Beyond the action are the villains--perhaps one consistent complaint against the first is the lack of a memorable antagonist; here del Toro corrects the oversight by giving us a royal family of elves, Oedipal in their dysfunction: King Balor (Roy Dotrice); Princess Nuala (Anna Walton); above all the aforementioned Prince Nuada. No mere evildoers they, from their standpoint we're the aggressors; they have been honoring their end of an ancient treaty, even if this means diminishment of their kingdom and influence (it's Nuada who's had enough, and wants to fight back). Later a plant elemental rears to life, looming over Brooklyn; Hellboy goes into action, but the outcome is more tragic than triumphant, more mournful poetry than spectacular effect (leastwise it's not the spectacle that strikes you first). "We die and the world will be poorer for it," Prince Nuada warns Hellboy; Del Toro drives home the point that even those who fight against us have their grievances, that every victory implies its own set of losses, that every creature no matter how destructive deserves at the very least a passing tribute.
Beyond all that Hellboy 2 is an occasion for del Toro to unleash a gift for creature design and poetic imagery exceeded only by--well Hayao Miyazaki comes to mind. The film's opening, where puppetlike figures play out the back story, evokes everything from Orson Welles' animated prologue in Le Proces (The Trial, 1962) to Jan Svankmajer's often unsettling stop-motion animation, giving us a foretaste; the rest of the picture is a full buffet, from the plant elemental and its snowfall of spores (perceptive of del Toro to observe that a creature's penultimate act is often a reproductive one--an attempt to disseminate what may be irretrievably lost) to the unstoppable gold soldiers, their combusting internal engines giving them the inner glow of fireflies swarming in a cavern, to the Angel of Death (again, Doug Jones) looming over Liz and a dying Hellboy to spread its many-eyed wings.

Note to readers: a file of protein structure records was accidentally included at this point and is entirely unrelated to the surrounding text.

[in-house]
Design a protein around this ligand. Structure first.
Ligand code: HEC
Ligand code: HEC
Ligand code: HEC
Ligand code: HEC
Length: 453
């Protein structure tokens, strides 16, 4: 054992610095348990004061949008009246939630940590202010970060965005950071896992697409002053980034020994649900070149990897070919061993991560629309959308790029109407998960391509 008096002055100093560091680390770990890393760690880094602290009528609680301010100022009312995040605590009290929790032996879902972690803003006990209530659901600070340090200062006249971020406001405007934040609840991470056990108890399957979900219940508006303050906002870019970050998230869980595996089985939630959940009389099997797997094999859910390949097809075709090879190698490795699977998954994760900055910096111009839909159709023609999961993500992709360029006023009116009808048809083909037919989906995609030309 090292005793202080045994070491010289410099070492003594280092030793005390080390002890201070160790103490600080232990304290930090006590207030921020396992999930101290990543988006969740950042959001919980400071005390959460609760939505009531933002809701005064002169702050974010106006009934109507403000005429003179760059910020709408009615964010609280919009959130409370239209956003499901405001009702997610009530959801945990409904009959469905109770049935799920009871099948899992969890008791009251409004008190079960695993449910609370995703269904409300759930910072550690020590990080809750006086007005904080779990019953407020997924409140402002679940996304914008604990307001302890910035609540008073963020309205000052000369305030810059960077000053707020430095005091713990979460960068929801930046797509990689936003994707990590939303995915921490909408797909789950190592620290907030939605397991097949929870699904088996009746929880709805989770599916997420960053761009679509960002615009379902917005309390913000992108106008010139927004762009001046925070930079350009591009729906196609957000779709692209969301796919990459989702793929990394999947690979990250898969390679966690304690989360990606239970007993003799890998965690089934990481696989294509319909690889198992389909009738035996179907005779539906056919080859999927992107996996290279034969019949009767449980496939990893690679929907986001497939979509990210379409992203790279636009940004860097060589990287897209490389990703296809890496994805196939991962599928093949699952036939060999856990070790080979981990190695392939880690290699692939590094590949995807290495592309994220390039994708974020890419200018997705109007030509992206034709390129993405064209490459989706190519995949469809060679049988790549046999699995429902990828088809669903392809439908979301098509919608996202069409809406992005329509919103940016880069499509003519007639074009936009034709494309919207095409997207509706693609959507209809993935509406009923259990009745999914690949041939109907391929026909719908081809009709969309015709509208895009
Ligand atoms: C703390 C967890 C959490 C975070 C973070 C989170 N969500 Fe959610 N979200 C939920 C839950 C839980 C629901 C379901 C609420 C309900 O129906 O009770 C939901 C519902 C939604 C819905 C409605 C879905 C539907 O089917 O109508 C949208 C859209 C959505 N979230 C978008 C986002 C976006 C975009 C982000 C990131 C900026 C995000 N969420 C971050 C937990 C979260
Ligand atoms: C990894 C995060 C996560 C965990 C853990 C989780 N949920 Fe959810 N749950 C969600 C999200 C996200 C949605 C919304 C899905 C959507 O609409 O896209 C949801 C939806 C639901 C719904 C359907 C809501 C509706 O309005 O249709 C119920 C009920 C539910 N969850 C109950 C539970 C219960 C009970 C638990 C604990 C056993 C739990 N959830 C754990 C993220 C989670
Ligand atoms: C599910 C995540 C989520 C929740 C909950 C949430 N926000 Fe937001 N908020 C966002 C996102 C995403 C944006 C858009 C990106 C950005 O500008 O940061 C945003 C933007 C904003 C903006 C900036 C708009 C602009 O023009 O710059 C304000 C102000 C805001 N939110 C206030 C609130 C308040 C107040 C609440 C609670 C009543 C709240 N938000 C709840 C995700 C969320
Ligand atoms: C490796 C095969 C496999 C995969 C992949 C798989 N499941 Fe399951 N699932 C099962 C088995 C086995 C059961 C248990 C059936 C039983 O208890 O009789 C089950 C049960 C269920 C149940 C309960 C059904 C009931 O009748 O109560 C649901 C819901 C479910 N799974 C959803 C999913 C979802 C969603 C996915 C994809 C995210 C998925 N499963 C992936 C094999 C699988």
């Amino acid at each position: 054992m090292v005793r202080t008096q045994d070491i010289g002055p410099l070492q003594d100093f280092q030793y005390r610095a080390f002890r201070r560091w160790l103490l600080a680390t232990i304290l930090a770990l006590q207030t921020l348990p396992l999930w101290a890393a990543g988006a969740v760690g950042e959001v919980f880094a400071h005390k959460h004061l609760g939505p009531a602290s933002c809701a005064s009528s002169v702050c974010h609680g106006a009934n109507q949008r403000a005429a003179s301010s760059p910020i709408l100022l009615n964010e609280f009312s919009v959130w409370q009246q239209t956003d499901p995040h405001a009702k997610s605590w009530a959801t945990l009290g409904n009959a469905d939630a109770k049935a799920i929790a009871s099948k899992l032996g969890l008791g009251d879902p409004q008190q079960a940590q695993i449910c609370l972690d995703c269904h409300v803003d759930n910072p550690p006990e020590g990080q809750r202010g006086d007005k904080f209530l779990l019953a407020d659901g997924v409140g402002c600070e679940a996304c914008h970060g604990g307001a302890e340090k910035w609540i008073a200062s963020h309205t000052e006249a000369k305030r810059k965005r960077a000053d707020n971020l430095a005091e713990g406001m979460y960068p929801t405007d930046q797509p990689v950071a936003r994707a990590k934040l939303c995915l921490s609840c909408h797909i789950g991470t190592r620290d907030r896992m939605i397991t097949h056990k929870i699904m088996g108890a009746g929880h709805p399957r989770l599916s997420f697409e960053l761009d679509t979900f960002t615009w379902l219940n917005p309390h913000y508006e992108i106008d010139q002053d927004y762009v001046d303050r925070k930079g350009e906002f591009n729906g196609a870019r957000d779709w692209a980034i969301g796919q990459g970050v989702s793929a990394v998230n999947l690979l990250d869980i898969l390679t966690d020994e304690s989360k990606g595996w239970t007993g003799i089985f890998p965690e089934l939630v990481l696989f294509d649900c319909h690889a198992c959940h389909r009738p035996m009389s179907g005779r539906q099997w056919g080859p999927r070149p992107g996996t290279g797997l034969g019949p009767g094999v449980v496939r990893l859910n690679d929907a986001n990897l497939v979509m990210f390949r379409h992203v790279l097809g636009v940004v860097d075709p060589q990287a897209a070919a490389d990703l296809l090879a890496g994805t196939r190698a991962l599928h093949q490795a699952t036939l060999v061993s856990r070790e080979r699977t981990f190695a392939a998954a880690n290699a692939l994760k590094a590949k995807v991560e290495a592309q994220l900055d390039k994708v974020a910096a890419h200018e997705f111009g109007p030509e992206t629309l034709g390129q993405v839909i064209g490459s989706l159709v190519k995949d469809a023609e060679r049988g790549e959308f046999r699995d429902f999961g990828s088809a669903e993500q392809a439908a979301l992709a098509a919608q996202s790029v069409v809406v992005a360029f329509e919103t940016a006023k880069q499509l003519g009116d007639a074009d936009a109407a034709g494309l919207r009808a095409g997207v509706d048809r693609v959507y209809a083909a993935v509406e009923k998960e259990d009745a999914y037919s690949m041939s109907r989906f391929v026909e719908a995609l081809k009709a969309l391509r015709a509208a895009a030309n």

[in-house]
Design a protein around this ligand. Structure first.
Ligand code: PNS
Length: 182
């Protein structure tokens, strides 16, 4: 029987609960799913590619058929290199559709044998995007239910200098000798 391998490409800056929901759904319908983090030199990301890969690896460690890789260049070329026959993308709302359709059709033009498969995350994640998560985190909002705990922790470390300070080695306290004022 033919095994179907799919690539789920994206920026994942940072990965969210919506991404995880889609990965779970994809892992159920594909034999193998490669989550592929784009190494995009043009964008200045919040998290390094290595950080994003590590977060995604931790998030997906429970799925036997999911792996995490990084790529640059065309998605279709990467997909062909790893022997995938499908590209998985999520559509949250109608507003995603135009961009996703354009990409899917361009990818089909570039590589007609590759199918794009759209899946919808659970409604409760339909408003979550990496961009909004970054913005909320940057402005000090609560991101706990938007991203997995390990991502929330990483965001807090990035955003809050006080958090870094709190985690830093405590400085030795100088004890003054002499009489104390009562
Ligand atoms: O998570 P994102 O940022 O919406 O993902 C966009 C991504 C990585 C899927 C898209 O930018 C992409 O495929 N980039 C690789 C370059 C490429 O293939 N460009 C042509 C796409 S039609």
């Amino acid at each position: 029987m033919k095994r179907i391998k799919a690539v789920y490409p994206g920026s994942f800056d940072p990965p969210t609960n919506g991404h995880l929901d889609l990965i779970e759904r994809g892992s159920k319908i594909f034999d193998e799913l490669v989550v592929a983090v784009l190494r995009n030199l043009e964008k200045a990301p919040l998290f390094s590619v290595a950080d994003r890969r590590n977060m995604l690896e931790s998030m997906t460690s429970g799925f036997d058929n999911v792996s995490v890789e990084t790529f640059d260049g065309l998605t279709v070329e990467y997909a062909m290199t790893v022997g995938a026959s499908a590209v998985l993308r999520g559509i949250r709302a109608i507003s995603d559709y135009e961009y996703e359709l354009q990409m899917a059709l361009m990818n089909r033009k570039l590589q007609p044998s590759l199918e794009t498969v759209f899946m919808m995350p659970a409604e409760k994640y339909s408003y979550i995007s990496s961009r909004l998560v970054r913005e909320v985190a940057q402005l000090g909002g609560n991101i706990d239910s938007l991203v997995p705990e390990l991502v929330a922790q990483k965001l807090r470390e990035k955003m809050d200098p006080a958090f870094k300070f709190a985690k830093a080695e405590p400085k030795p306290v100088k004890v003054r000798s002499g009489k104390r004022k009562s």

That last image--the Angel with his pair of many-gazed wings pronouncing Hellboy's fate--completes the symmetry of del Toro's scheme. Where del Toro grants Nuada a point of view and a chance to express it, with Hellboy del Toro suggests that death might, after all, be best ("it is his destiny to bring about the destruction of the Earth," the Angel hisses at Liz. "Not now, not tomorrow but soon enough"). Poor crabby Hellboy with his candy-apple skin, sawed-off horns, deep growl and hidden heart of gold may represent the end of the world as we know it--who would pay such a price for his continued company ( I won't, I guess, but would have to really think about it first)?
An aggrieved villain, a doomed hero, a wonderland of images--no, not your ordinary comic-book superhero adaptation at all. One of the best pictures to come out of Hollywood this summer, possibly all year.
First published in Businessworld 9.12.08